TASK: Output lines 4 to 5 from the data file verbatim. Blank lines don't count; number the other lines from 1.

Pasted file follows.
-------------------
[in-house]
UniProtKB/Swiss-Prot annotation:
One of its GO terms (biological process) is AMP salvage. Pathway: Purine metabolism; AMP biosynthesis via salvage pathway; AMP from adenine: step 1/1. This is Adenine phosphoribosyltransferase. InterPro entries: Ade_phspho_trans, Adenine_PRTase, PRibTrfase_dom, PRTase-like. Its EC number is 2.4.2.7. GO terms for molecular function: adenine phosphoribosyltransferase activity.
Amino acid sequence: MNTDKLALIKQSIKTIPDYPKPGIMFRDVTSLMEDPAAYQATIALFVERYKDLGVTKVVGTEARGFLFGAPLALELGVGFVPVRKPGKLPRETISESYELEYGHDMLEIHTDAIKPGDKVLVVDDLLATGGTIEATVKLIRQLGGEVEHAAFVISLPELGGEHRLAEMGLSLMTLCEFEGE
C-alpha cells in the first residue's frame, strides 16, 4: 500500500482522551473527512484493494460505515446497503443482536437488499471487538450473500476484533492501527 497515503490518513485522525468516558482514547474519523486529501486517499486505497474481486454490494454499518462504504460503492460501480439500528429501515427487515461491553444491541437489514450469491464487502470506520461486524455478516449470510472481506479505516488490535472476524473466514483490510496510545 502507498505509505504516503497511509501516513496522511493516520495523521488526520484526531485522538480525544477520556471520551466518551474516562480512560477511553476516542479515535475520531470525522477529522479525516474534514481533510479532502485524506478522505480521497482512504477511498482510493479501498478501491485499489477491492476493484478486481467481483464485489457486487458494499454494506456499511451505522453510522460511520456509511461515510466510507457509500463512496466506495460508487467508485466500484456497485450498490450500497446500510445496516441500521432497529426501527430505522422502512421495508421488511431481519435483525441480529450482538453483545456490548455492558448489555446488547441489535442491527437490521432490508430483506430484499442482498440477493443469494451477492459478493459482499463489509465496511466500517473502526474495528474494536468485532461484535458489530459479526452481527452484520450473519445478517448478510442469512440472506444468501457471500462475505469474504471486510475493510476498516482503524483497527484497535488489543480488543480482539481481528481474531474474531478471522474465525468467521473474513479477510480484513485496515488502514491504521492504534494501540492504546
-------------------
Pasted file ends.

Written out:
Amino acid sequence: MNTDKLALIKQSIKTIPDYPKPGIMFRDVTSLMEDPAAYQATIALFVERYKDLGVTKVVGTEARGFLFGAPLALELGVGFVPVRKPGKLPRETISESYELEYGHDMLEIHTDAIKPGDKVLVVDDLLATGGTIEATVKLIRQLGGEVEHAAFVISLPELGGEHRLAEMGLSLMTLCEFEGE
C-alpha cells in the first residue's frame, strides 16, 4: 500500500482522551473527512484493494460505515446497503443482536437488499471487538450473500476484533492501527 497515503490518513485522525468516558482514547474519523486529501486517499486505497474481486454490494454499518462504504460503492460501480439500528429501515427487515461491553444491541437489514450469491464487502470506520461486524455478516449470510472481506479505516488490535472476524473466514483490510496510545 502507498505509505504516503497511509501516513496522511493516520495523521488526520484526531485522538480525544477520556471520551466518551474516562480512560477511553476516542479515535475520531470525522477529522479525516474534514481533510479532502485524506478522505480521497482512504477511498482510493479501498478501491485499489477491492476493484478486481467481483464485489457486487458494499454494506456499511451505522453510522460511520456509511461515510466510507457509500463512496466506495460508487467508485466500484456497485450498490450500497446500510445496516441500521432497529426501527430505522422502512421495508421488511431481519435483525441480529450482538453483545456490548455492558448489555446488547441489535442491527437490521432490508430483506430484499442482498440477493443469494451477492459478493459482499463489509465496511466500517473502526474495528474494536468485532461484535458489530459479526452481527452484520450473519445478517448478510442469512440472506444468501457471500462475505469474504471486510475493510476498516482503524483497527484497535488489543480488543480482539481481528481474531474474531478471522474465525468467521473474513479477510480484513485496515488502514491504521492504534494501540492504546